Further to McLaren and Mercedes' dissatisfaction with the apparent change in the F1 engine rules during opening practice at the British Grand Prix on Friday, the tables appeared to have turned again heading into day two of the British Grand Prix.
Even as the third and final free practice got underway on Saturday morning, team principals Christian Horner, Martin Whitmarsh and Stefano Domenicali were all conspicuous by their absence from the pit wall, believed to be deep in conversation with FIA race director Charlie Whiting after an early morning ruling that stripped the Renault engine users of the concession they were allowed on day one.
Horner and Whitmarsh exchanged verbal blows during Friday's press conference, each claiming that the other's team had been given an unfair advantage by the latest directives from the governing body, and the disagreement continued into Saturday when it was revealed that the 50 per cent throttle opening that Renault users had been granted was removed, replaced with the same ten per cent allowance permitted to all other teams. The regie
had claimed that the extra opening was required for reliability reasons, and disputed the concession given to Mercedes that allowed it to continue firing on the over-run of its engines.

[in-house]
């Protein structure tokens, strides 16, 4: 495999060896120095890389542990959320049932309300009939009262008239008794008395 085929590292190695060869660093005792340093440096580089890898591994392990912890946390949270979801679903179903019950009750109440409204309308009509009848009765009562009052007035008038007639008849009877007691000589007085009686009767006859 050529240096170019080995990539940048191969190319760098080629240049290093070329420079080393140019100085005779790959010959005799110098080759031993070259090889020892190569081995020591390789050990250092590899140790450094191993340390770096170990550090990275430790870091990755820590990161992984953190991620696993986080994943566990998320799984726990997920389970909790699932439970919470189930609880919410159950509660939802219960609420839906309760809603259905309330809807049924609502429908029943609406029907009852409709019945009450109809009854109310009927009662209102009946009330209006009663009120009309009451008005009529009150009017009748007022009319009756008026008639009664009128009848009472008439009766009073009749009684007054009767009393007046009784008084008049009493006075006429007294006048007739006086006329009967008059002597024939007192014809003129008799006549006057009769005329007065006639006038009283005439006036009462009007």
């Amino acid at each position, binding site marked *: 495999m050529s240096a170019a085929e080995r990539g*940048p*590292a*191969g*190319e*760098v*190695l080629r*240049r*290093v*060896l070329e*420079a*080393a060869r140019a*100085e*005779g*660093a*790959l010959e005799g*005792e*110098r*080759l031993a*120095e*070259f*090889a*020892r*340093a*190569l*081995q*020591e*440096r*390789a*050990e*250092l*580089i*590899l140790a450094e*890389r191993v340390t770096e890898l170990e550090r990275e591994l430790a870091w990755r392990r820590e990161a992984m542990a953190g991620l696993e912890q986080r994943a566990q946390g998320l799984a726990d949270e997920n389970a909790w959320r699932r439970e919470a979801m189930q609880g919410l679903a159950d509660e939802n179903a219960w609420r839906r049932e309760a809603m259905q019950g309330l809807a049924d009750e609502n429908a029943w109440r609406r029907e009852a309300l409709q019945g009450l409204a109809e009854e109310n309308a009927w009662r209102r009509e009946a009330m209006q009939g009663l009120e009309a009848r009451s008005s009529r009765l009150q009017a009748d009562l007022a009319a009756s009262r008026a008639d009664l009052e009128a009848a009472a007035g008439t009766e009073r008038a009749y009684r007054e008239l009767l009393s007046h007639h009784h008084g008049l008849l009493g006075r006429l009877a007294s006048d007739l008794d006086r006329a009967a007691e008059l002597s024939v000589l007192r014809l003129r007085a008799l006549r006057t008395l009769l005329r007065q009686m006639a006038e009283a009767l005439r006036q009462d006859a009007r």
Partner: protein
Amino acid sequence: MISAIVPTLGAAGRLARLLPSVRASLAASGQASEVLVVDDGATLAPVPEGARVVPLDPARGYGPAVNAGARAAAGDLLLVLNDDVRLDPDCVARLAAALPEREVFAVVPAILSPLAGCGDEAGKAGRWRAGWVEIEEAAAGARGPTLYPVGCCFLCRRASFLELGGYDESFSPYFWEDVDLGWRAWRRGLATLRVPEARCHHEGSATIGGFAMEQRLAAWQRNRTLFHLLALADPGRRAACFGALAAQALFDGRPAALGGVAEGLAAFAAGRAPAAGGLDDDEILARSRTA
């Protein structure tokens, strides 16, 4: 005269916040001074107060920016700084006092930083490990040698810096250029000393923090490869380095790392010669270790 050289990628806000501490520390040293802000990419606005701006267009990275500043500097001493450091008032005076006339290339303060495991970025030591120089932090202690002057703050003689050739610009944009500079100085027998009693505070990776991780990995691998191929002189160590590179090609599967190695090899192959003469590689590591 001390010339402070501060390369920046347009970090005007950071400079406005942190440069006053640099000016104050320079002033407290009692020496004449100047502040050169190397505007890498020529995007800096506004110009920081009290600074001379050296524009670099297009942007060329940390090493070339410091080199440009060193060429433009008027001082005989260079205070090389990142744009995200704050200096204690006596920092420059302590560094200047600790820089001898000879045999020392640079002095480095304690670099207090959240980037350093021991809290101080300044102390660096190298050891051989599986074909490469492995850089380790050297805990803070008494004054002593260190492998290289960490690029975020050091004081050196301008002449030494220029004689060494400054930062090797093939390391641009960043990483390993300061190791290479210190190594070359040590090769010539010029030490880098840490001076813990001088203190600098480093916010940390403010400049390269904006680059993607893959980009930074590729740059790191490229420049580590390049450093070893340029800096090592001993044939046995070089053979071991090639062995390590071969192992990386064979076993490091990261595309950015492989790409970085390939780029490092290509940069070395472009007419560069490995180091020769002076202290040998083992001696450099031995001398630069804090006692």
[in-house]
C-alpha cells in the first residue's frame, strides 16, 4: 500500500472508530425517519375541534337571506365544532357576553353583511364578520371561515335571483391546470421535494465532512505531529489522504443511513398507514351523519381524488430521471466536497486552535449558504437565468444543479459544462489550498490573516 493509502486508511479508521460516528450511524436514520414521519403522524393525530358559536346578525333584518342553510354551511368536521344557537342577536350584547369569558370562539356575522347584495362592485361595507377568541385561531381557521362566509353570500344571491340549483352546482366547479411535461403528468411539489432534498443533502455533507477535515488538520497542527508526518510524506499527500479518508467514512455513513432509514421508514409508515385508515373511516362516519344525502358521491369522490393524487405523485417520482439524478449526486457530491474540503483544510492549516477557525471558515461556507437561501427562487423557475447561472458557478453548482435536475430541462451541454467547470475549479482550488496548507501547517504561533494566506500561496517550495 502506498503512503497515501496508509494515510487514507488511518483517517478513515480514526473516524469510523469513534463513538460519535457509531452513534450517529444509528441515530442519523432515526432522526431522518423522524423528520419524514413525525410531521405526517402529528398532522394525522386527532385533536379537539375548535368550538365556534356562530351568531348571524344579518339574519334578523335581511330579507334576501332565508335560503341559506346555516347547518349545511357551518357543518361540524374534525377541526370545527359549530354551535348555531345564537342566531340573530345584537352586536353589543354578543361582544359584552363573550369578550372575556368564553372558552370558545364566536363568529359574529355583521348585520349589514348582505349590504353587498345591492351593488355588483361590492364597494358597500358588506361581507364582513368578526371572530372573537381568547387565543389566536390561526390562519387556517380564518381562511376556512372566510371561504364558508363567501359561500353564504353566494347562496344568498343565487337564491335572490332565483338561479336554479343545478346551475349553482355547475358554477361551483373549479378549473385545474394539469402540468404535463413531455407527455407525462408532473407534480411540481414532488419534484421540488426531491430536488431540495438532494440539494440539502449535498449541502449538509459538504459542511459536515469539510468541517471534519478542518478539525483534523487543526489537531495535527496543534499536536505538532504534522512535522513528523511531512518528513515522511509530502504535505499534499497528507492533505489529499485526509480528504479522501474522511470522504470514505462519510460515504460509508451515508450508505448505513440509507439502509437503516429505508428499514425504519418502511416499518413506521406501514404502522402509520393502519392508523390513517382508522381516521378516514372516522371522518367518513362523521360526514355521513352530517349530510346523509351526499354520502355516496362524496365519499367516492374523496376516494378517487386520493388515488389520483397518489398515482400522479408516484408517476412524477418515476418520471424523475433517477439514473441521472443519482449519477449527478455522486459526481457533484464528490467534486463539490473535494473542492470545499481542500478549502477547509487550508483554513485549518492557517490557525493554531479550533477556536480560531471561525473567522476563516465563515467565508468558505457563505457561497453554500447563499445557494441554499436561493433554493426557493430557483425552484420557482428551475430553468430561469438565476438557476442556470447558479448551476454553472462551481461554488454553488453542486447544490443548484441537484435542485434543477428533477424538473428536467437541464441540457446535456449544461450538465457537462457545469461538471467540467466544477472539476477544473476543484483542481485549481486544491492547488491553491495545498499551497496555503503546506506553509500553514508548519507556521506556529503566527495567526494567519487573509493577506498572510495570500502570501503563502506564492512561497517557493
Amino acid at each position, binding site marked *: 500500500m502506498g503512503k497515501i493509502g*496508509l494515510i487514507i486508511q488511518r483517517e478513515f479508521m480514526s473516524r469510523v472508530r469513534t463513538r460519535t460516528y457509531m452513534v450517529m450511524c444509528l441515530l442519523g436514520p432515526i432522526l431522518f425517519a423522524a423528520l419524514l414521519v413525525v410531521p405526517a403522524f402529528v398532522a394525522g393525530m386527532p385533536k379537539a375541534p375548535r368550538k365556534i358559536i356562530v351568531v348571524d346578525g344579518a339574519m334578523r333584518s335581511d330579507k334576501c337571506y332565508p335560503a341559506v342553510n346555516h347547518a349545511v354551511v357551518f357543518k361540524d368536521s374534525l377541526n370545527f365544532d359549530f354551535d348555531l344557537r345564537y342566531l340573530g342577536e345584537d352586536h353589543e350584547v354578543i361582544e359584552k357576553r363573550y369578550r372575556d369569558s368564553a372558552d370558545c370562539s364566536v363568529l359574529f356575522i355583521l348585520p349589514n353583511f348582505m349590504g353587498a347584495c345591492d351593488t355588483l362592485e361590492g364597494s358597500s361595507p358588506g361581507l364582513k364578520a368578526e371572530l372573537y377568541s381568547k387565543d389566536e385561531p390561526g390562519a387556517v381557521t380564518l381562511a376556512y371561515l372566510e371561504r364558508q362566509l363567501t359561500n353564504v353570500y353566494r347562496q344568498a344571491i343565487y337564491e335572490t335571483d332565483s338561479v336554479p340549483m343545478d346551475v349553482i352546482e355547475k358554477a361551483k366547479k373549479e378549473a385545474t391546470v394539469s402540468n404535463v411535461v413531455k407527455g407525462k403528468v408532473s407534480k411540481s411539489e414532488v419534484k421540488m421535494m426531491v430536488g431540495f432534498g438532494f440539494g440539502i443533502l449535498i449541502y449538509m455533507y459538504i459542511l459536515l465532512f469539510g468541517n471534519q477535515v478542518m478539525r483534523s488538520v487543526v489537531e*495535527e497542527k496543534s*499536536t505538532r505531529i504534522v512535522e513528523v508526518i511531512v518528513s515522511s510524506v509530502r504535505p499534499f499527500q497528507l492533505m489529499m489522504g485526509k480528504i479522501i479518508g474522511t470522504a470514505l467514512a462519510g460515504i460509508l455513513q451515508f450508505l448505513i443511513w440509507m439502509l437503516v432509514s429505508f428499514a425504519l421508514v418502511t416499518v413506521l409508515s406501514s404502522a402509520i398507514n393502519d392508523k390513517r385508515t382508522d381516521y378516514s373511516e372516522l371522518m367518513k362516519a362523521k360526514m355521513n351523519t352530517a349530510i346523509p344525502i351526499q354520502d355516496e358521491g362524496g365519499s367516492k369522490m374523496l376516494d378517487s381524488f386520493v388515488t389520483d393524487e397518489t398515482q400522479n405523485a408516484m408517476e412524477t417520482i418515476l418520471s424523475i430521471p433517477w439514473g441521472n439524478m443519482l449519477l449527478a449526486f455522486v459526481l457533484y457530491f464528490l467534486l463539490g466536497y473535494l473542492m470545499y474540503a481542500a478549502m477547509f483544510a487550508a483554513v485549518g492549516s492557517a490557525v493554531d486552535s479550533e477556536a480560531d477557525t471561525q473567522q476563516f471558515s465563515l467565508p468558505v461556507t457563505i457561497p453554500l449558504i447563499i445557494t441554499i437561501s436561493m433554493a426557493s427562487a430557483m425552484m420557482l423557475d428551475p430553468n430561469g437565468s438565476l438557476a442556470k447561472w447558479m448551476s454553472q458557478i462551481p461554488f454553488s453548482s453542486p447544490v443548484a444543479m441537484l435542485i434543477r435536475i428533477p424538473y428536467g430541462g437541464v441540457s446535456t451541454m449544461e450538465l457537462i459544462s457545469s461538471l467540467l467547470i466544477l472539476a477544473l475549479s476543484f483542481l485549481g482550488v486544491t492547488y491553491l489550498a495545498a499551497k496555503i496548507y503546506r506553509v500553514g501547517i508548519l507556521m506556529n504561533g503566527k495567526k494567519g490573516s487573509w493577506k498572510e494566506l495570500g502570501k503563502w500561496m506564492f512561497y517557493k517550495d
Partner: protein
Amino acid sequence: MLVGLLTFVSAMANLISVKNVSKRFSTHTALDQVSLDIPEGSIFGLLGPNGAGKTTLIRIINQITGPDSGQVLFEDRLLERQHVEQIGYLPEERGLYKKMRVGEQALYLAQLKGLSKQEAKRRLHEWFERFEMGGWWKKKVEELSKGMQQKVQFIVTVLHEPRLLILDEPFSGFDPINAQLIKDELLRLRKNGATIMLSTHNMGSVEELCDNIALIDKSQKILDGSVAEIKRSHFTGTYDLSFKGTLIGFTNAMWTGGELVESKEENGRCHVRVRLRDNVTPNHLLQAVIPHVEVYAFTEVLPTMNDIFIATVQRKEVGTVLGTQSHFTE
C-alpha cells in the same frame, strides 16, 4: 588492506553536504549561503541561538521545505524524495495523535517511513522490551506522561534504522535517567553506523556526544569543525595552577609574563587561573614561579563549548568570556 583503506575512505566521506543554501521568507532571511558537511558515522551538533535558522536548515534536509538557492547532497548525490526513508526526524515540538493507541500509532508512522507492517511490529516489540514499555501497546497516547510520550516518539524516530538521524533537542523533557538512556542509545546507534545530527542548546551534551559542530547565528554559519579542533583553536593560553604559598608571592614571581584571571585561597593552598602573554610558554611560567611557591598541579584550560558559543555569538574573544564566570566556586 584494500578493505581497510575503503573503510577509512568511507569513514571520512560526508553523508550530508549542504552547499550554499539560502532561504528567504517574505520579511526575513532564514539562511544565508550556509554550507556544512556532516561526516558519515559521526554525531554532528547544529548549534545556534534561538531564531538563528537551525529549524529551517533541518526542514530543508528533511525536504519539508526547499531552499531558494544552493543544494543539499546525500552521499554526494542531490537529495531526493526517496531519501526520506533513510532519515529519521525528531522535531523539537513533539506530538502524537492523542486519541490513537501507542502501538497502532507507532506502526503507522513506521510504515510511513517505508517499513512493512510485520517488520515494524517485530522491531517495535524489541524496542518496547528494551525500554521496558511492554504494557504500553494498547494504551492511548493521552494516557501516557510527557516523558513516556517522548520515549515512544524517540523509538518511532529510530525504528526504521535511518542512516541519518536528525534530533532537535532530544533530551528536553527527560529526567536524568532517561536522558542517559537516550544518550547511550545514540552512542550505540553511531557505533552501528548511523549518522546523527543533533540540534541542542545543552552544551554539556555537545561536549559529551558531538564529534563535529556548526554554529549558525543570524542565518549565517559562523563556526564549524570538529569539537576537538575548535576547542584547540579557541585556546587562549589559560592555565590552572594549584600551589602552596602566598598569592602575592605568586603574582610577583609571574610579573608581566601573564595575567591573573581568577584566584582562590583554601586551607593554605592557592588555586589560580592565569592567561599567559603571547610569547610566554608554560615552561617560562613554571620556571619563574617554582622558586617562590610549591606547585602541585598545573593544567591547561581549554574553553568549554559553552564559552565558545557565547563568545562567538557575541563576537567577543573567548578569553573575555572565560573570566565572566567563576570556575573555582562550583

sources confirmed that Horner was readying for a confrontation with Whiting as free practice resumed, and the outcome was an hastily-arranged meeting of the sport's Technical Working Group, which resulted in a ceasefire of sorts for the remainder of the weekend.
"We were trying to find a solution," Horner told the BBC
as he and his fellow principals emerged, "It is in nobody's interest to have a lack of clarity in the rules. Charlie made an offer, and Red Bull Racing offered a concession here to run as we are, but we need all teams to agree to move on and put this behind us."
Horner confirmed that he still felt that RBR was handicap, having been told that it would have to revert to the ruling imposed prior to arriving at Silverstone, but confirmed that the team had agreed, reluctant, to comply with the latest regulations.
"At the moment, in our opinion, we are running at a disadvantage to other engine manufacturers, but we're trying to find a solution going forward," he noted, "The best way would be to revert to where we were two weeks ago...."
McLaren's Martin Whitmarsh, speaking closer to qualifying, shared similar sentiments, if not exactly the same view of the outcome.
"I think there are inevitably going to be winners and losers," he admitted, "Those at the front of the grid will undoubtedly be happier. Ferrari seemed to come out [of the meeting] smiling, but McLaren is not very happy. It is difficult to judge, as there was not much running this morning, but [the ruling] affects the whole car, not just the diffuser, but brakes, cooling...
"The right thing would have been to allow the rules to run to the end of the year but, instead, we've shuffled from one change to another, which only confuses people and looks untidy."
Undoubtedly, there is more to follow....